Synthesis and Excited-State Photodynamics of Perylene-Bis(Imide)-Oxochlorin Dyads. A Charge-Separation Motif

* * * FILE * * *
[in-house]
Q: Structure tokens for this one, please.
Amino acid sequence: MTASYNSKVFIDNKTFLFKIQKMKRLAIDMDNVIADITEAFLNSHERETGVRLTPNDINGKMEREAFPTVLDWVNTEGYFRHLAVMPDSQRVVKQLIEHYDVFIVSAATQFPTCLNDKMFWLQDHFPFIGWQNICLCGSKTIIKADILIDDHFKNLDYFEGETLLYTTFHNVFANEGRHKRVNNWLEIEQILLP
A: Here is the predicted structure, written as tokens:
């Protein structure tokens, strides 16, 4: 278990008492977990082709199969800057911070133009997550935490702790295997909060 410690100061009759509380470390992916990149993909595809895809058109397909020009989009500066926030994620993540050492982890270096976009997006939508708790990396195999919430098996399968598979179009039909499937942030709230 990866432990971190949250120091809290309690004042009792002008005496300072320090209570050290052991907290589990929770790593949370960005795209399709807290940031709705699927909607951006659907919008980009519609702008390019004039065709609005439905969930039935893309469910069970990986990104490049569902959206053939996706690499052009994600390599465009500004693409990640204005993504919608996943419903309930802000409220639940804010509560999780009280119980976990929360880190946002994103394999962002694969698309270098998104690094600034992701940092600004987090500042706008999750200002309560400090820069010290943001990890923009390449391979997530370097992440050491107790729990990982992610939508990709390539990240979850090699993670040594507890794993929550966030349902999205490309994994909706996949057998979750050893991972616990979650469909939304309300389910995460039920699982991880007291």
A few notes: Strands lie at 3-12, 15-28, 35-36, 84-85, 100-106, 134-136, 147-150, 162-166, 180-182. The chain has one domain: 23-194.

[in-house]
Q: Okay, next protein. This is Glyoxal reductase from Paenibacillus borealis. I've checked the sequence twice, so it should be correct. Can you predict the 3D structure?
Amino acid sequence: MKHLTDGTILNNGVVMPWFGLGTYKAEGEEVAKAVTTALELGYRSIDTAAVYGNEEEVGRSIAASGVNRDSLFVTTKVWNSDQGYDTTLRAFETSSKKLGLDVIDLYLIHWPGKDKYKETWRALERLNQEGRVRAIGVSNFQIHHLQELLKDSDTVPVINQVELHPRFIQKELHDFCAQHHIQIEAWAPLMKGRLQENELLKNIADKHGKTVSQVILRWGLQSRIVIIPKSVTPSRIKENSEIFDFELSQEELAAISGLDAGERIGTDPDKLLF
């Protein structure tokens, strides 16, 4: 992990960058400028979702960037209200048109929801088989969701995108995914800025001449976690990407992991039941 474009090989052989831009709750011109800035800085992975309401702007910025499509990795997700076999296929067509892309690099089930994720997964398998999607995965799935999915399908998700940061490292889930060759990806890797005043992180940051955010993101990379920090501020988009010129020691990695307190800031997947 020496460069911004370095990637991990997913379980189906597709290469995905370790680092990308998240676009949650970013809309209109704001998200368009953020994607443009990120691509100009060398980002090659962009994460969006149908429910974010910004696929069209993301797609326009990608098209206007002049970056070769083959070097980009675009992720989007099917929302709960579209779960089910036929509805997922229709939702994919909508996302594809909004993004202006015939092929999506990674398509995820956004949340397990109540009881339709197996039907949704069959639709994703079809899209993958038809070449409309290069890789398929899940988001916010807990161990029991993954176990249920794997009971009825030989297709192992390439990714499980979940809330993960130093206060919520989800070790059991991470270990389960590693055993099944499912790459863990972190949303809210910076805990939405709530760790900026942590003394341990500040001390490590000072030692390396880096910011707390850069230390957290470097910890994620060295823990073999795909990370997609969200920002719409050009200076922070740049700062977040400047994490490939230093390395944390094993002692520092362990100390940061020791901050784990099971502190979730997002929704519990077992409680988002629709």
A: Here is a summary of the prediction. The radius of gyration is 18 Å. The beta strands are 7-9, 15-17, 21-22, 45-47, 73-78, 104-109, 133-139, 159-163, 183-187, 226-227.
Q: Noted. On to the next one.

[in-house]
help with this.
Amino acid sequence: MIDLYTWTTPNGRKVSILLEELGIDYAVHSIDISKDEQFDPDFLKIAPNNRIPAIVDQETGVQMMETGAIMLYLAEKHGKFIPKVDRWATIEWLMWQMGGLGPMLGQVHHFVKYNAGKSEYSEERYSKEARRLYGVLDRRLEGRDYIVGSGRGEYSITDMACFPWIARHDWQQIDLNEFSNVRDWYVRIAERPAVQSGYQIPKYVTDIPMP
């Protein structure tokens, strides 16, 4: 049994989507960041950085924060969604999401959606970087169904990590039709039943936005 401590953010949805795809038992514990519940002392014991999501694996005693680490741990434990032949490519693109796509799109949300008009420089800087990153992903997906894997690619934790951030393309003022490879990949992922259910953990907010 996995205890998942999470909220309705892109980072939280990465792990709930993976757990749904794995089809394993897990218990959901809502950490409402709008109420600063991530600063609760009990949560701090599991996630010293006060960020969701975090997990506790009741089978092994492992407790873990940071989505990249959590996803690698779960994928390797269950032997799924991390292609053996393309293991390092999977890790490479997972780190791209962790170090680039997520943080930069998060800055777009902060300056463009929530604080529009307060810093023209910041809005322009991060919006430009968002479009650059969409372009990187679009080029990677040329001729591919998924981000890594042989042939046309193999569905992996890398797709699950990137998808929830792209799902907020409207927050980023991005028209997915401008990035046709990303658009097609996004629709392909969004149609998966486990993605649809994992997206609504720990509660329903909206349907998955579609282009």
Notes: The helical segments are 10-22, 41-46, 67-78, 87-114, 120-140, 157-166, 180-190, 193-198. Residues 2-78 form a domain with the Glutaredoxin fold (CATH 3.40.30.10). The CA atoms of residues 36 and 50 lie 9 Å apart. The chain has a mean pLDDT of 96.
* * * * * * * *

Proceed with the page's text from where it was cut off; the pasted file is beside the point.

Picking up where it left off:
Three perylene-oxochlorin dyads have been prepared and characterized with the goal of identifying charge-injection or molecular-switching motifs for use in molecular photonics. Each dyad consists of a perylene-bis(imide) dye (PDI) joined at the 10-position of a magnesium, zinc, or free base (Fb) oxochlorin via a diphenylethyne linker. Each dyad has been studied in both polar and nonpolar media using static and time-resolved optical spectroscopy and electrochemical techniques. Dyad PDI−MgO is an excellent charge-separation unit in which the excited perylene (∼3.5 ps lifetime) or the excited oxochlorin (lifetimes of 0.5 ns in benzonitrile and 1.0 ns in toluene) give rise to state PDI- MgO+ in high overall yield (>90%); the charge-separated state has a lifetime of ≥1 ns in both toluene and benzonitrile. The pathway for generating PDI- MgO+ from the excited perylene (PDI*) involves both hole transfer and energy transfer to the oxochlorin followed by electron transfer from the resulting MgO* to PDI. Similar decay of PDI* by energy transfer and hole transfer is found for dyads PDI−ZnO and PDI−FbO. However, electron-transfer quenching of the excited oxochlorin in these two dyads either does not occur or occurs to a much lesser degree than for PDI−MgO in both polar and nonpolar solvents. For PDI−FbO the decay of the charge-separated state occurs significantly by charge recombination to give the excited oxochlorin, making this a good light-harvesting system even though the early stages of the dynamics include charge separation/recombination. The observed differences in the extent of the possible excited-state processes (energy, hole, and electron transfer) among the dyads and in polar versus nonpolar media are consistent with the estimated energy ordering of the excited- and charge-separated states. This study has provided a new class of arrays containing perylene accessory pigments and oxochlorin chromophores that can be utilized for applications in light harvesting and molecular optoelectronics.